14. Now Mr Howard has argued his case very forcefully and skilfully, but he has failed to persuade me that there is any weight in any of the four grounds advanced. They are very cogently answered in the respondent's skeleton argument, which Mr Marks and Mr Turner have framed to meet each of the four grounds of appeal individually. In relation to the first ground Mr Turner has submitted that the judge plainly did not direct the husband's summons to be heard as a preliminary issue. That, I think, is incontrovertibly correct. Mr Turner accepts that the court must conduct the section 25 exercise by reference to all the statutory criteria. He accepts that the existence of the agreement cannot oust the court's obligation to apply section 25. He accepts that a prenuptial agreement is one aspect of the case. However, he emphasises that this is a childless marriage of very short duration, for a substantial portion of which the parties were living apart. The marriage was between mature adults, both of whom had been previously married and divorced; both parties have and had prior to the marriage very substantial independent wealth. The prenuptial agreement provides for the retention by each of the parties of their separate properties and division of joint property if any, and finally that there is no such joint property. Upon those facts Mr Turner, correctly in my view, adds that the combination of these factors gives rise to a very strong case that a possible result of the section 25 exercise will be that the wife receives no further financial award.

15. All these cases are fact dependent and this is a quite exceptional case on its facts, but if ever there is to be a paradigm case in which the court will look to the prenuptial agreement as not simply one of the peripheral factors in the case but as a factor of magnetic importance, it seems to me that this is just such a case. As to the second and third grounds that the judge was bound by the provisions of Rule 2.61, I am quite unpersuaded, as was the judge, that these individual rules were intended to be some sort of straitjacket precluding sensible case management. I would particularly stress the overriding objectives that govern all these rules, carefully and fully drafted in Rule 2.51D. It is easy to attach this case on its facts to a number of the objectives there articulated. It is very important that the judge in dealing with the case should seek to save expense. It is very important that he should seek to deal with the case in ways proportionate to the financial position of the parties. It is very important, more so today than it was when these rules were drafted, that he should allot to each case an appropriate share of the court's resources, taking into account the need to allot resources to other cases. In his general duty of case management he is required to identify the issues at an early date and particularly to regulate the extent of the disclosure of documents and expert evidence so that they are proportionate to the issues in question.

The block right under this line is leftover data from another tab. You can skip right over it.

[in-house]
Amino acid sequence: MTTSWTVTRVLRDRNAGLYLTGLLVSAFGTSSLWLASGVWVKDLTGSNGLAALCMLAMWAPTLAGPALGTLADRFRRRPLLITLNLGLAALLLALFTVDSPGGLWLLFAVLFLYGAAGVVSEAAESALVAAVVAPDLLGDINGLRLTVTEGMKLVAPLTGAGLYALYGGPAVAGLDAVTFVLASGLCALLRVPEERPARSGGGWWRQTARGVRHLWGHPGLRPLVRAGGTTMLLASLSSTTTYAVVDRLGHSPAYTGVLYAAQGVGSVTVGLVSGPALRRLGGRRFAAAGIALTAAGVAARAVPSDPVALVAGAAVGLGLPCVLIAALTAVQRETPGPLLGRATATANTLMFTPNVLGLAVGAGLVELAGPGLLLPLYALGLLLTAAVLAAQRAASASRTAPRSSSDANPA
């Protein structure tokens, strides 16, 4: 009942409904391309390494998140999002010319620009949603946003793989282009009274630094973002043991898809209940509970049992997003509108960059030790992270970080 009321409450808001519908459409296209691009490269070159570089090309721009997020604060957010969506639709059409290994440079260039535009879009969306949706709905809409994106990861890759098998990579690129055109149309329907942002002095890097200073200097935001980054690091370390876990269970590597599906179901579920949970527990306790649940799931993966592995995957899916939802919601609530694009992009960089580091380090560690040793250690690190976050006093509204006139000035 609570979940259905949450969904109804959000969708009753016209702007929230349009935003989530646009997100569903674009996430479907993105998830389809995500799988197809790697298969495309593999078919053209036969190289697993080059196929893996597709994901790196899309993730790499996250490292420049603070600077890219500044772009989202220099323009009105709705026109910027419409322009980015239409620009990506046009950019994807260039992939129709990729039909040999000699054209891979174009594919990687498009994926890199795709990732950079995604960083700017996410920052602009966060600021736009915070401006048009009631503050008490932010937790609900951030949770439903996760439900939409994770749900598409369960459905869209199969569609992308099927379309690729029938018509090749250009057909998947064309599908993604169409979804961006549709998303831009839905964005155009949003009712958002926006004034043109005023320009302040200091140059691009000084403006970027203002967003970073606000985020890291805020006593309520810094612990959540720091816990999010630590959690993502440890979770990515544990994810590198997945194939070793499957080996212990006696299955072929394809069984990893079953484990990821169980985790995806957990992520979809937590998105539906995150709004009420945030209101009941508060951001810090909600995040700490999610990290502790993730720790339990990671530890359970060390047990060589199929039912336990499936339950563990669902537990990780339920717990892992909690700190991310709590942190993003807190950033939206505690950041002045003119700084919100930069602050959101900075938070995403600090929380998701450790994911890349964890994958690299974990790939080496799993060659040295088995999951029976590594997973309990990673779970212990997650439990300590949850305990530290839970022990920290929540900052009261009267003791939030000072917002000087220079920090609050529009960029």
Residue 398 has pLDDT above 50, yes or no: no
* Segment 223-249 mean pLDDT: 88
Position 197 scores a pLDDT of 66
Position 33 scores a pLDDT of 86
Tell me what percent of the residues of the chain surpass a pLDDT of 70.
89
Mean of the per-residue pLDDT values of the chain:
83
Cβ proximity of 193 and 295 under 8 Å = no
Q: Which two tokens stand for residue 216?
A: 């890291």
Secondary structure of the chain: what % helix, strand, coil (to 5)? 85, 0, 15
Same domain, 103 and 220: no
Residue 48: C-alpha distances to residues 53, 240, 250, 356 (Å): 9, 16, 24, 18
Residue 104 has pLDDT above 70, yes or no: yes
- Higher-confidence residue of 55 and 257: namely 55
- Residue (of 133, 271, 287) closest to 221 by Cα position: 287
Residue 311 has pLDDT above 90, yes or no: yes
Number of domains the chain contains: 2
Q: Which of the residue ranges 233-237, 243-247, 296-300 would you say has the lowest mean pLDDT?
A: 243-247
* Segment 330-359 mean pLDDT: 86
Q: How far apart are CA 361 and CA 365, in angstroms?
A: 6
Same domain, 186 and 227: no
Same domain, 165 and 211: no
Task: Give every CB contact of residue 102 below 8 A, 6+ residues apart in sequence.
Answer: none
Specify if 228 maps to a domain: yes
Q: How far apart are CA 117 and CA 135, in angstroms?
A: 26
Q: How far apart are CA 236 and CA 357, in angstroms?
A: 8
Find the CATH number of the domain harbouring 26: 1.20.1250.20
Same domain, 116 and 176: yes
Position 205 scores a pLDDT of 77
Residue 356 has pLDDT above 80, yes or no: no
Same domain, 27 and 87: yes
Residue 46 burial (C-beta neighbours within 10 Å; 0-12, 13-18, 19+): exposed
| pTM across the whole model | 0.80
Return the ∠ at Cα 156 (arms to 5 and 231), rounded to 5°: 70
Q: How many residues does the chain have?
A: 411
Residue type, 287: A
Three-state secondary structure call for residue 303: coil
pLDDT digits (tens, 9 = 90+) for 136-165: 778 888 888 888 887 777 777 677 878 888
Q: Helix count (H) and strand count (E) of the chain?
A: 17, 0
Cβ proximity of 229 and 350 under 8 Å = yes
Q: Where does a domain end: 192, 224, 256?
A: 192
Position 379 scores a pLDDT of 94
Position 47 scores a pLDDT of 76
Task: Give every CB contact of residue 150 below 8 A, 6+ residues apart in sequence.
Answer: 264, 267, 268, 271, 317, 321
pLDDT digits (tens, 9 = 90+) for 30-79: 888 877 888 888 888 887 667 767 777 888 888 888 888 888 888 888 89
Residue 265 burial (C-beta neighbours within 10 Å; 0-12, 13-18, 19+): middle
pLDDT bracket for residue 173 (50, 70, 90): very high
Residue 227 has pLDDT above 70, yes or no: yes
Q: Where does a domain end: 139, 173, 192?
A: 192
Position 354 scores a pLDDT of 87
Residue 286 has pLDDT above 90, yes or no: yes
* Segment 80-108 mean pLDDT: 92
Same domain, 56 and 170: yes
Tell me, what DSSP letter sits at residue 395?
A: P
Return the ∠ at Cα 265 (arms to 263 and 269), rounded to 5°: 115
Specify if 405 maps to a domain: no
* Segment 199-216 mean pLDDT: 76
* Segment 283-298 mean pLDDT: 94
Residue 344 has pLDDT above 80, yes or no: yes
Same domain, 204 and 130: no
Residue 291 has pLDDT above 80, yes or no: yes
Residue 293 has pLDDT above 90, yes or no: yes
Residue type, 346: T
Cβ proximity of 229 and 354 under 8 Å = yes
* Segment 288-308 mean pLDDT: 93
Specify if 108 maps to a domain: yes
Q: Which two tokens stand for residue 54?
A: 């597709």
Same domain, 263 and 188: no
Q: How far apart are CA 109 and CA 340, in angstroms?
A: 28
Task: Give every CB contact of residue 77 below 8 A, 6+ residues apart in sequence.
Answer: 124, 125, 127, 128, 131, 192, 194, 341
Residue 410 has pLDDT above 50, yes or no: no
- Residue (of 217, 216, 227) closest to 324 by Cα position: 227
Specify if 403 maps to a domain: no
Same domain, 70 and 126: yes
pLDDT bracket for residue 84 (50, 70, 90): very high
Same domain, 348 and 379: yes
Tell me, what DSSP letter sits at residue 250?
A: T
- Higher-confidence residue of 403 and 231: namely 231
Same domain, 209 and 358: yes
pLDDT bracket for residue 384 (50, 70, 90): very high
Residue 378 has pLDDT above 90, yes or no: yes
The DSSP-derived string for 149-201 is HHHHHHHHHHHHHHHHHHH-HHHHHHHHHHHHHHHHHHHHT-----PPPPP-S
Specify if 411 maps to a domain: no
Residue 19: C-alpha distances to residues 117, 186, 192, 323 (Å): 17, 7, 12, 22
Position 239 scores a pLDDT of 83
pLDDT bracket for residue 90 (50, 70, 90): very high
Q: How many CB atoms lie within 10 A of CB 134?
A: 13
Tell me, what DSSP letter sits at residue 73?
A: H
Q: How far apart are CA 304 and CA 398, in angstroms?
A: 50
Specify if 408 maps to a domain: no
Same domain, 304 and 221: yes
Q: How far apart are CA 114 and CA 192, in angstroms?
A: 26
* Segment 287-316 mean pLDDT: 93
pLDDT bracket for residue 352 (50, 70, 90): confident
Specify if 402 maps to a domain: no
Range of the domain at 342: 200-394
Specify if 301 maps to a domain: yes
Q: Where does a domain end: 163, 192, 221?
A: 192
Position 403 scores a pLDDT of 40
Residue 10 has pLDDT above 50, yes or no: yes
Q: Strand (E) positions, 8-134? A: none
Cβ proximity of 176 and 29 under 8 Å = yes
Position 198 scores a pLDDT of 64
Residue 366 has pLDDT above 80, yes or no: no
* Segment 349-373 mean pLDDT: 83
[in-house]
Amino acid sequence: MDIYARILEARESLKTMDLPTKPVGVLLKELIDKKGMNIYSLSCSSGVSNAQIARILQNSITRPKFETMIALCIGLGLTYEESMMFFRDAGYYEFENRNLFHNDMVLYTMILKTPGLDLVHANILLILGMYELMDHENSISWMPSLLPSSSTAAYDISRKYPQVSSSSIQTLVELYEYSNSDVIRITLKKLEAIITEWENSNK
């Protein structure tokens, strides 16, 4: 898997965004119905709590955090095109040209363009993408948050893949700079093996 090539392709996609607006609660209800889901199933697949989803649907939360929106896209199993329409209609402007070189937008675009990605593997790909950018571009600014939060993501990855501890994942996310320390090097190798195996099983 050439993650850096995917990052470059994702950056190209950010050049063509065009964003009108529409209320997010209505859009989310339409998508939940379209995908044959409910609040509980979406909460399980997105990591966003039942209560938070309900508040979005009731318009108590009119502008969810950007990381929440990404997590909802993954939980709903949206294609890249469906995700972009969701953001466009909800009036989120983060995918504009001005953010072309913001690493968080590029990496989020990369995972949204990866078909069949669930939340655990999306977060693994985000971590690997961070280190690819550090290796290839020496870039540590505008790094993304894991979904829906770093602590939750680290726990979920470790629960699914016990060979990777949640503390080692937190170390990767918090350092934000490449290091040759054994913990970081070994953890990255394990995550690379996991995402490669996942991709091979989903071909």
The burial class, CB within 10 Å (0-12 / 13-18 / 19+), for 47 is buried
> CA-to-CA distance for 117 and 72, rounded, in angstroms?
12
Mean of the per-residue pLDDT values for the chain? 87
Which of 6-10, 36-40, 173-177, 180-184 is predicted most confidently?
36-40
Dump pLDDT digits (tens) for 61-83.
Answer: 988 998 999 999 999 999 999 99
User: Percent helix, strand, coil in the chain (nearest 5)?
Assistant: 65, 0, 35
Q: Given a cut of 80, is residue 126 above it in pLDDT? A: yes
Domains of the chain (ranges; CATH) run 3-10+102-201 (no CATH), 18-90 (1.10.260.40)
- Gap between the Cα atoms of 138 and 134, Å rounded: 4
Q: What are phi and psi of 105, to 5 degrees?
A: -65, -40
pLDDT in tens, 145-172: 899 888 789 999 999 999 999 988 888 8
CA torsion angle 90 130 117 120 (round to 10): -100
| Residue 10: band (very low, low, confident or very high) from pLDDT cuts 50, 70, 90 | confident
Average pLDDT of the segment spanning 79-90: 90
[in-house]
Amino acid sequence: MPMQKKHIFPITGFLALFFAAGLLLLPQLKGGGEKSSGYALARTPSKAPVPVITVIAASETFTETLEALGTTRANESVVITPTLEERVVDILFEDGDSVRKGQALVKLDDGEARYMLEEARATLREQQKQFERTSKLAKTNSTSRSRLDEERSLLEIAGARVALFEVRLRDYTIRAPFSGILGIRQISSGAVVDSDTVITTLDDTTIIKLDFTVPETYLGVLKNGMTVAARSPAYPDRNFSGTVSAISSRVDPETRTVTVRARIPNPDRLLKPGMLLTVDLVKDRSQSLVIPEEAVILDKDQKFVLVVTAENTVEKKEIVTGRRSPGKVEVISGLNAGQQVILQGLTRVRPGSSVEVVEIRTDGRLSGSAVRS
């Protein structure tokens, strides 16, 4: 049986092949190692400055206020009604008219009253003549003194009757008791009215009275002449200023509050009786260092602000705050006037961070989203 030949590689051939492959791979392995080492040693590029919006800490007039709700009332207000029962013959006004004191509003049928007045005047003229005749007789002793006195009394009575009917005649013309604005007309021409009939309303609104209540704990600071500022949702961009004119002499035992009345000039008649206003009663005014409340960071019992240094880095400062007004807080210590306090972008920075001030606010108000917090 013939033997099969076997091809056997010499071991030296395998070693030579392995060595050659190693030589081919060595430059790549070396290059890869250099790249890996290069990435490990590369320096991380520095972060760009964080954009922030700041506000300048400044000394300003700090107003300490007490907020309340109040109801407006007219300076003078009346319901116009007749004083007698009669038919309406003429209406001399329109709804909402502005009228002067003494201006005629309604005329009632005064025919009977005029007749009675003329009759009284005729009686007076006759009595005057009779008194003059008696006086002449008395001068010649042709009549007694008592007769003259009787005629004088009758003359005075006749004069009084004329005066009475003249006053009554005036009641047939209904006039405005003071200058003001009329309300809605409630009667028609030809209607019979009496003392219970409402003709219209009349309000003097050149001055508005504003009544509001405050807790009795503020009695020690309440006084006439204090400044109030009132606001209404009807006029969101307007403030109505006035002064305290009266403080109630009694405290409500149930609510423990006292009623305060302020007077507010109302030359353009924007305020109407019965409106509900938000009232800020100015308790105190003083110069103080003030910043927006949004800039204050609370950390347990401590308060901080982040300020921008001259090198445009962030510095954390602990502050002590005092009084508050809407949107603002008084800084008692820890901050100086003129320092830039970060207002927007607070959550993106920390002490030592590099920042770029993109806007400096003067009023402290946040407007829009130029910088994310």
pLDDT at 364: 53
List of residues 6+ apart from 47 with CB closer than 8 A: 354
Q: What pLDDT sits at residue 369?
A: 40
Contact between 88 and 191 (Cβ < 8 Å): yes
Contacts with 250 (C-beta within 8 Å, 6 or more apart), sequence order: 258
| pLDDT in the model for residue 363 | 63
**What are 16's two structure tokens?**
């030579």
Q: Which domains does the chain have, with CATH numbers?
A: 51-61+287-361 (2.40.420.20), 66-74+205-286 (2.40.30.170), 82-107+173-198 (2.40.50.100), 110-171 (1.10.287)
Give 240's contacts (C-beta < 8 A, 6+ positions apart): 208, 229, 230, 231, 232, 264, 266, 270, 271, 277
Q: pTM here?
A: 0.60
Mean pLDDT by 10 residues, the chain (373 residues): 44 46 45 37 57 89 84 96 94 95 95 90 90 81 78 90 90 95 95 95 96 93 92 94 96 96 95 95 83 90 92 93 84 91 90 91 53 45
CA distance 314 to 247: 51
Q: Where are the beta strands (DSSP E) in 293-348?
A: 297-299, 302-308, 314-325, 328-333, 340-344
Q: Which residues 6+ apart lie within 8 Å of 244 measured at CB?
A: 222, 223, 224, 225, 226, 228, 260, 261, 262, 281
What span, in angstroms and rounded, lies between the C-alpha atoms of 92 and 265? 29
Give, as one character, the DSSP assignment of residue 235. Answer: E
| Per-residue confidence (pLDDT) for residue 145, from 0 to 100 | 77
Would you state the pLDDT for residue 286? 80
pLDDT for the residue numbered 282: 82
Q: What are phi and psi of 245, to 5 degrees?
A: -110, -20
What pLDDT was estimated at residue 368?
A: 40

16. Finally in relation to ground 4, the assertion that the judge prevented the petitioner from filing a questionnaire, Mr Turner quite rightly points out that that inhibition was not designed and did not have the effect of preventing the wife from raising her assertion of material non-disclosure; he simply provided an alternative mechanism, namely the stating of the case in a swiftly written letter which would then be answered by the husband in his Form E.